Having started piano lessons at the tender age of four, Gordon's bought his first electronic keyboards during the early days of progressive rock, so it's no surprise that he spent much of the 1970s trying to play ELP, Genesis and Pink Floyd tracks on cheap monosynths, electric pianos, organs and string synths. Then he went to university, spent his grant on more keyboards and started a band. Mirage was a real throwback to the heyday of prog, and in the 1980s metamorphosed into the aptly (indeed, too aptly) named Deja-Vu.
Today, having worked in the audio industry for more years than he cares to admit, his diverse activities have included writing theme music for BBC Radio, composing a (very minor) award-winning documentary soundtrack, restoring audio material for several record labels, contributing to the legendary Mellotron album, and working with Keith Emerson and his band in the UK and the USA. He has created factory sounds for a number of synthesiser manufacturers (most recently for Moog Music), has written synthesiser manuals, and also wrote the series of technical articles (Synth Secrets) that comprise the course text on synthesis at establishments such as USC (the University of Southern California) and others in the UK and the USA.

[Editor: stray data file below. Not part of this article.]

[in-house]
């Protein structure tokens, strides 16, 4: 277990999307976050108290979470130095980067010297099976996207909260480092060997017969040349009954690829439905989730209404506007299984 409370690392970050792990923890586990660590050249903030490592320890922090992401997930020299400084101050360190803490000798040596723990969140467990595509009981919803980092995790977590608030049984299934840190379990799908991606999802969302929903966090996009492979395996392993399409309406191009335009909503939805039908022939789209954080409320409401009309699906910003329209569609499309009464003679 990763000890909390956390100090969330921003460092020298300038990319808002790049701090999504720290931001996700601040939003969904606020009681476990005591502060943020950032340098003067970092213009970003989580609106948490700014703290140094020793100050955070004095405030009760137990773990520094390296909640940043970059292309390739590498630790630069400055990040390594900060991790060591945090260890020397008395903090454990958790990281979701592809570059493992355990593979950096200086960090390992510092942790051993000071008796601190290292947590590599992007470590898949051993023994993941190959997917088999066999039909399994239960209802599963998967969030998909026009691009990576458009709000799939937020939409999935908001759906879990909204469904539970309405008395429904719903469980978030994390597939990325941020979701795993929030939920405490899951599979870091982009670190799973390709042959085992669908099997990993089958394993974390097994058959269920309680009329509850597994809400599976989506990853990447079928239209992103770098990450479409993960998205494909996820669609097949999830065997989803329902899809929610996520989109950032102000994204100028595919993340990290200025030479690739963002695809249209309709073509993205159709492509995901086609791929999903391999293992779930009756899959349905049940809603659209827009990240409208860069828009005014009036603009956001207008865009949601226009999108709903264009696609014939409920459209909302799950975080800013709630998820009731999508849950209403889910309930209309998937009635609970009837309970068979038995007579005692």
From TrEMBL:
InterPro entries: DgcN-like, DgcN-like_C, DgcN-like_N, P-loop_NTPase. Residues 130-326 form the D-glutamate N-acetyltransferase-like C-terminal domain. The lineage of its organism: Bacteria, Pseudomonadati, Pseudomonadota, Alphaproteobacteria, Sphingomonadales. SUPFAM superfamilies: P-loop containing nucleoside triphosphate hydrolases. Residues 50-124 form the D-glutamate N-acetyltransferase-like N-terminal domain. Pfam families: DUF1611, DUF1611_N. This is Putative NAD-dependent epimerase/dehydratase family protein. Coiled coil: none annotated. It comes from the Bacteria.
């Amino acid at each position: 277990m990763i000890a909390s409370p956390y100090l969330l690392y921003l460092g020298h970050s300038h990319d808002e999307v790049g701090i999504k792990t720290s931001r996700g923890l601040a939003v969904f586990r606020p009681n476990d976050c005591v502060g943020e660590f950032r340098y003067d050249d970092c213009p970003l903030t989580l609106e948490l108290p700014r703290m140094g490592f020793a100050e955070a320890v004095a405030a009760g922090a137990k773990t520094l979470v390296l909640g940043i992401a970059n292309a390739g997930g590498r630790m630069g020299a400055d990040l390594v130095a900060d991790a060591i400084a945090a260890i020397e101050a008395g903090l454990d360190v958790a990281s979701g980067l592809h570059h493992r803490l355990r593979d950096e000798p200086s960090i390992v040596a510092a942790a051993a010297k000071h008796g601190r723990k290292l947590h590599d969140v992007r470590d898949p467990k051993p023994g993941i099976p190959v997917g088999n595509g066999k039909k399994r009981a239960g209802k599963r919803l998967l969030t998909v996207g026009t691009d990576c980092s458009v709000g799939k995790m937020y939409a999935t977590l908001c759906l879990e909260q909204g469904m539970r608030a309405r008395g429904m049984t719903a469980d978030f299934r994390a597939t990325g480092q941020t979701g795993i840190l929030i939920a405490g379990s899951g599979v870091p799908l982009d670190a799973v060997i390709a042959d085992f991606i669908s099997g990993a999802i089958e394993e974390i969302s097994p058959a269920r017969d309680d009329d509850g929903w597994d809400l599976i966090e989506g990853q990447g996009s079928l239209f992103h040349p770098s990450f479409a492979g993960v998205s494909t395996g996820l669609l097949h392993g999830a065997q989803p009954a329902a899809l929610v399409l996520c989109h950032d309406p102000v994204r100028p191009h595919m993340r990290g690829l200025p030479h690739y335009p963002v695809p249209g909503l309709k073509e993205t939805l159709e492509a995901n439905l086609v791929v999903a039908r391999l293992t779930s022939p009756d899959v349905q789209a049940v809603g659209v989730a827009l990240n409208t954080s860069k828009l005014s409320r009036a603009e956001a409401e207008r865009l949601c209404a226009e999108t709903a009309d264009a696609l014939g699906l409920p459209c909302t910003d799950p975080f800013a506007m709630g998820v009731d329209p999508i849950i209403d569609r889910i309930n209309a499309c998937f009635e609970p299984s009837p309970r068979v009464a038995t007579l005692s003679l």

In 2007, he met Kerry and joined the band that would then become The Floyd Effect. So here he is, playing Pink Floyd again, just as he did in the early 1970s. The difference is, he's now doing it with other people, and they know how to do it properly. It took him 40 years, but he got there in the end.